And my father says, “You know, I don’t really don’t remember a lot of things. You tell me 97 and I got no reason to fight with you but one thing I do remember is that back in Poland I was older than Charmela. But this is America and maybe he’s older here. So I’m not gonna fight about it.

At the end of times…

I’ve had the opportunity (maybe “opportunity’ is not the right word)….I’ve had the occasion to be with certain people at the end of their lives and these have usually been people I’ve cared for and even (usually) people I’ve loved. And when these events have occurred they have been blessings to me and I am filled with a tremendous sense of privilege to have been in the presence of loved ones at the end of their lives….

I know what she likes…

And that’s the problem between us. i think i can improve what she likes. Yes, Wilderness Salmon and Turkey is always something’ she’ll leap to; usually, but sometimes her stomach problems keep her from enjoying Wilderness Salmon and Turkey. So I try to give her variety and mix in some Instinct and Wellness which she likes alot of the time. And because I’m a human and she’s a cat, if We were both humans, we’d like a little variety and have conversations about the subtle differences between the various brands of cat food and no matter how great an actor Paul Newman was, not everyone one of our cat animals are going to let us get away with buying Newmans Brand catfood from Whole Earth and thinking they are going to allow it.

But I know she always likes Wilderness Salmon and Turkey, so why the fuck don’t I just buy her what she wants and lay it down in front of her and stop trying to pretend for the pretty Pet Lady Store person that I have an interesting relationship with this last of a 72-year-old man’s array of cats dating back generations.

So let her eat what she wants and “Yeah, I;’m buying my cat 43 cans of Wilderness Salmon and Turkey because that’s what she likes and i’m not taking any chances.”

This is a picture of me and my old cat.

She didn’t used to be an old cat. But neither did I.

She’s learned to imitate the expressions on my face. I smile, she smiles; I frown she frowns. I have to get her a pair of matching eyeglasses.

Actually when I first got her I already had an old cat. His name was Binks but he’s dead now and he was remarkably stupid…..my Boy Binks….I think I miss him more than she does….but he’s dead and she’s old and time doesn’t stop for any of us.

A Cat Has Nine Lives

  1. You introduce me to another old guy who’s from my world and an old hippie probably and I say to him, “Dude….I never thought I’d be looking at somebody that I recognized from my world and my life and I’d be calling him “Dude.”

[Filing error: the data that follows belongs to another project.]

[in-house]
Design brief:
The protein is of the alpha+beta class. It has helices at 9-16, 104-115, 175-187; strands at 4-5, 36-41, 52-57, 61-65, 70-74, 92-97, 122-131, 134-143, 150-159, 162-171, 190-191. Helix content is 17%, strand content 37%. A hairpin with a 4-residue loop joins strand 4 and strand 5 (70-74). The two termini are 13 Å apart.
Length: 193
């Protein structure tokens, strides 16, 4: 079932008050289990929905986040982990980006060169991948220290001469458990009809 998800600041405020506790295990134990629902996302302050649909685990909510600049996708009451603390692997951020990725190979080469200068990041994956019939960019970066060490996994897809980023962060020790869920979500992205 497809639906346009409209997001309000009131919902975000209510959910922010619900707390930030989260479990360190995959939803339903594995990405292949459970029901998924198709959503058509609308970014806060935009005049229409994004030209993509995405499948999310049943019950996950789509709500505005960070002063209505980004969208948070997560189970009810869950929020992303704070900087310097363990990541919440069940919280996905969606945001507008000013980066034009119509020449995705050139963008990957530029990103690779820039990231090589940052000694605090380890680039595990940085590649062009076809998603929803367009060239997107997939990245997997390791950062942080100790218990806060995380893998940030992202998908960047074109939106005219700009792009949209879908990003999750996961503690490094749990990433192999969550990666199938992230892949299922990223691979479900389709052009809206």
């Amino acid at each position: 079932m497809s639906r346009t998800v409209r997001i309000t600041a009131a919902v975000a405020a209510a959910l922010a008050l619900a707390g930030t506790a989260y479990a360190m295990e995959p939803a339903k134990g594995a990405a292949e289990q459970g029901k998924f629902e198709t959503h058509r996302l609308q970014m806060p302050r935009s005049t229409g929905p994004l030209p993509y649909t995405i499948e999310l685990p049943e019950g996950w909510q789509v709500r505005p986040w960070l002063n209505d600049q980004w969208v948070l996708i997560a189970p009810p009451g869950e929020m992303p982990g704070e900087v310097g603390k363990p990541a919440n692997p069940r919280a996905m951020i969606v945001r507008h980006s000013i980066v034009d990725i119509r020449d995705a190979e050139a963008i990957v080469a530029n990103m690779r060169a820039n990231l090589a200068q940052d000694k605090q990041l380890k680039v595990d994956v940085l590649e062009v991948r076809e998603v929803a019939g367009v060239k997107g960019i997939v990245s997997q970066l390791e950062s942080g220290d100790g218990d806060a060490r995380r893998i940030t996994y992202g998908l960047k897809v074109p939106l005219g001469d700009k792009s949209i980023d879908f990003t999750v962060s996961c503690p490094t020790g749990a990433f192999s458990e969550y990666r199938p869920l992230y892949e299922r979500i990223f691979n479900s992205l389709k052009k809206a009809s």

2. And I step through the years of my life and my world of cats, going back through history to Margaret, the first of my cat lives, but even that one wasn’t the first. I could go back to the cat from Will Love that we had on the farm in Cockeysville, Maryland, just down the road from where John Waters was working on Pink Flamingoes.
  3. And then there was Behemoth who is a whole story on her own. Her head was cockeyed. I knew her when I knew Arnold the BlueJay who lived with us at the Newman House….was it it the Newman House?…no, I don’t think so. Maybe it was…it was a little coffee house building where we did one act plays back in my days as a student at Drew Theological Seminary.
  4. Then to California and after a generation and a life as a dogman….when I broke off with Cheryl and moved into that Santa Monica house with Ed and Robin and John Tays. And that was the start of my CAT-LIFE….and Margaret was her name. So yeah. Margaret was my first CAT LIFE; no offense Behemoth and no offense, un-named cat that lived with me in Cockeysville, Maryland, that once belonged to a guy named Will Love, but that’s another story.
  5. I remember I was taking a creative writing class with the wonderful T. Chorogison Boyle and one of the stories I sent in was called “That Asshole Cat.” It was only a few lines (like maybe 6 or 12 lines) and people said it was too short to be considered a story and that I shouldn’t get credit for it because the story was like 6 or 10 lines but Tom said no, it was a real and full story even if it was very short and that it actually was a very good story.
  6. I gotta say that made me feel very good…and it was true, it was a good story. I wish I still had a copy of it but it was back in the days of carbon paper and I never saved those things and they were impossible to digitize and now I understand they have been the contents of my life; the chronicle of my passage here.
  7. I’m talking about the cats and their lives….not the carbon paper.
  8. So there was Margaret and her litter of babies…and there was that little calico I called “Beanie.” He ran out into the street on night and got run over and that ended the history of cats with freedom to come and go.